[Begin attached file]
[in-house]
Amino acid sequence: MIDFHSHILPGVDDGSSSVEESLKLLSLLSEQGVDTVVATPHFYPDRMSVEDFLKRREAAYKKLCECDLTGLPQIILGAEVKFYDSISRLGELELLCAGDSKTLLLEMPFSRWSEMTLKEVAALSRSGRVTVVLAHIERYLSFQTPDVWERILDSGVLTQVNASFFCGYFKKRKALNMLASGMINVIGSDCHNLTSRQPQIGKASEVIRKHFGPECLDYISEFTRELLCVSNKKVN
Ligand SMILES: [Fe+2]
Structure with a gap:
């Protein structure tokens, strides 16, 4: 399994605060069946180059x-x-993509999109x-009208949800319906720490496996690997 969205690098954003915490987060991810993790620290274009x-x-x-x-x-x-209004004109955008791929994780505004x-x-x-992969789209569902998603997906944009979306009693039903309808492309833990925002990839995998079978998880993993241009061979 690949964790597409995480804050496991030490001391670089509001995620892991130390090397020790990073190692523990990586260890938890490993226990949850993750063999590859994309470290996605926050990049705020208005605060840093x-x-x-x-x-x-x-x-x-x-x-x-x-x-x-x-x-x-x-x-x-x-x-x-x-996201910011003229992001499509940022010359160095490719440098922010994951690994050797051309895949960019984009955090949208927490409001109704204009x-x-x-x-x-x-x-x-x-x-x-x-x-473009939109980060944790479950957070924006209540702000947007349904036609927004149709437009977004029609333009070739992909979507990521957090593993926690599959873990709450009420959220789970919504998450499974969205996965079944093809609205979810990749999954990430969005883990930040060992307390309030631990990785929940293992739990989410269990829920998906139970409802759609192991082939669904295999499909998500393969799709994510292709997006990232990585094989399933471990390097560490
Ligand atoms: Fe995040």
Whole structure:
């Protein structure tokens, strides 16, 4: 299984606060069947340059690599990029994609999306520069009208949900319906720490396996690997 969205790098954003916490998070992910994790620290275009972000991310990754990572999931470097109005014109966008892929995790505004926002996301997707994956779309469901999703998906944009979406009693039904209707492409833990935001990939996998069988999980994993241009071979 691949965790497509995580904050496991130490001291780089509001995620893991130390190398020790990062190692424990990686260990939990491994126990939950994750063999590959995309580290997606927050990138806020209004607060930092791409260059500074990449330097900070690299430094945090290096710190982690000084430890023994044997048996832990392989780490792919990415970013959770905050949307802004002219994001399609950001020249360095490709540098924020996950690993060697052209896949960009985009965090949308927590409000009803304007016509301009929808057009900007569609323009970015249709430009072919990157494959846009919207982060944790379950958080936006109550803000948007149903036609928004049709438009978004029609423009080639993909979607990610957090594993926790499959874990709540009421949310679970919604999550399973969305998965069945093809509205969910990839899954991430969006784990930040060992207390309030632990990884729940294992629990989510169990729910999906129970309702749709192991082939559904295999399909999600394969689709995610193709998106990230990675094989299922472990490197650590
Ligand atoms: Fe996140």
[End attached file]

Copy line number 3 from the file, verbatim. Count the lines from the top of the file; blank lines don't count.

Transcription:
Ligand SMILES: [Fe+2]